Bookbinding and the Conservation of Books
A Dictionary of Descriptive Terminology

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book support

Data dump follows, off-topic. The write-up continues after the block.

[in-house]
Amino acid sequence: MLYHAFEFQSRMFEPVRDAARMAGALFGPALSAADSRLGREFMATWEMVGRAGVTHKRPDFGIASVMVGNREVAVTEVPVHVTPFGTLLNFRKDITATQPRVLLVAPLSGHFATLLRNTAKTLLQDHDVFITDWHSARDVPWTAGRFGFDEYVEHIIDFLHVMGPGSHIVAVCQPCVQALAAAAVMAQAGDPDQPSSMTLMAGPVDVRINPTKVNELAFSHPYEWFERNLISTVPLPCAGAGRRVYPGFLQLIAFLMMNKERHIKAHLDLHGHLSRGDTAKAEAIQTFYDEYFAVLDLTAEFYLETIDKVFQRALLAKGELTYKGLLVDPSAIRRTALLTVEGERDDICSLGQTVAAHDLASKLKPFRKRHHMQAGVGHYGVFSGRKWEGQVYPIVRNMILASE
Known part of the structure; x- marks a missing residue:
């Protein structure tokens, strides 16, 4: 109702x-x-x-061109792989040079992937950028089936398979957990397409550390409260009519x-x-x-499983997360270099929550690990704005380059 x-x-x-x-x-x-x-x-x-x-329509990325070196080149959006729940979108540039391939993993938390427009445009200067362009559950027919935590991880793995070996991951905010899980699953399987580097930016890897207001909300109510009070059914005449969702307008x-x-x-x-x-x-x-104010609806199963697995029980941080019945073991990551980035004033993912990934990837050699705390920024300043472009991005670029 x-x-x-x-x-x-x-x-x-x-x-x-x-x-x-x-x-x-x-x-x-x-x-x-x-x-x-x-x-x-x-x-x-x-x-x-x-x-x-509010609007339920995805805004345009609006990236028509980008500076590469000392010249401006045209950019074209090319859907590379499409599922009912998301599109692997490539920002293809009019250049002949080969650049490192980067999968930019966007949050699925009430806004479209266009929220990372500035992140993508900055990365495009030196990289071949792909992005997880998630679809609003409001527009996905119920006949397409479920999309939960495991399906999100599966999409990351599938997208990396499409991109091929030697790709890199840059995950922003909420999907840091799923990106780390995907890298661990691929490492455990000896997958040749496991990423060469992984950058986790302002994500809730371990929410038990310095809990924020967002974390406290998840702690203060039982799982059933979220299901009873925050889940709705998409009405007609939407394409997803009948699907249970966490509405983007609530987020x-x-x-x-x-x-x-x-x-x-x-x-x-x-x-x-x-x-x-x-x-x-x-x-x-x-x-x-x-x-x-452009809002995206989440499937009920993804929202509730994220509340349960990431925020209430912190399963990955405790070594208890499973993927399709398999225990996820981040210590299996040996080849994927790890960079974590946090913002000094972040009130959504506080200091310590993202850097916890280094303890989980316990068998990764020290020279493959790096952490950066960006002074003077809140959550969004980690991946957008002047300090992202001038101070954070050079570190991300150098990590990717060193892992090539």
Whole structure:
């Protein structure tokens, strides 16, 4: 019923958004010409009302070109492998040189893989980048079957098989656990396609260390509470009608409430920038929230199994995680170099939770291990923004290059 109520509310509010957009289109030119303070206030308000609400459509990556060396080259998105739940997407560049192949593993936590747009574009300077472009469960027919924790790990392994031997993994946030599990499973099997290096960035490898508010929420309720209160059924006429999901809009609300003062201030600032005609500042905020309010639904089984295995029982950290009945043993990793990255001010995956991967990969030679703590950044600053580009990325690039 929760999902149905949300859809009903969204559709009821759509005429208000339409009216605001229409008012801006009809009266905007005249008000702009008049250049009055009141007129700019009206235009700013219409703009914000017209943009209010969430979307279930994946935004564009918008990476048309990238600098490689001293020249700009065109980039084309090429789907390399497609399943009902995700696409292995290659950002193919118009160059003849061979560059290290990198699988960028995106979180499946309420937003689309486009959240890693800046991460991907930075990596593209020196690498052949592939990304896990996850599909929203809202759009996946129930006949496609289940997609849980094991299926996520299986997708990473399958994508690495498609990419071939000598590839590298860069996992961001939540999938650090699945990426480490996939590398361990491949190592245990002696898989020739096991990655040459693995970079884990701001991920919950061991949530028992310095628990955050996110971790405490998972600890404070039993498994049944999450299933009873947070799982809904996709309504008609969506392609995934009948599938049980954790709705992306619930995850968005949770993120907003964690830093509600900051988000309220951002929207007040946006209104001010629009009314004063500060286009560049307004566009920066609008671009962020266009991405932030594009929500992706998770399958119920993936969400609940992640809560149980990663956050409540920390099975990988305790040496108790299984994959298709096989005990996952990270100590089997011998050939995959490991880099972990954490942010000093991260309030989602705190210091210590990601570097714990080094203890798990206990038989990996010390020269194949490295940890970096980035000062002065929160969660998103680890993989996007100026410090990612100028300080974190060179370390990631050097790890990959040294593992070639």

A wood or metal device generally placed to the right side of a row of books on a shelf to support and maintain them in a vertical position. Book supports are available in several forms: 1) the spring type, which hangs from the ribbed shelf above (but which sometimes does not reach down to the smaller books); 2) the metal support, with a stamped-out metal tongue that slips under the first few books; it rests on the same shelf as the books to be supported, and should be flanged to prevent it from "spearing" or otherwise damaging the books; 3) the type that locks into the ribbed shelf on which the books rest, and which can be difficult to slide if the locking key becomes twisted; 4) the magnetic support, which is usable only on ferrous metal shelves; and 5) wooden supports, some of which are very elaborate and are generally used to support more valuable books, or books in specially designated areas. The better book supports have a felt- or cork-covered base, especially for use on wooden shelves, and, for valuable books, a felt- or cork-covered face. The typical metal support is generally available in two sizes—regular, about 6 inches tall, and oversize, about 9 inches tall.

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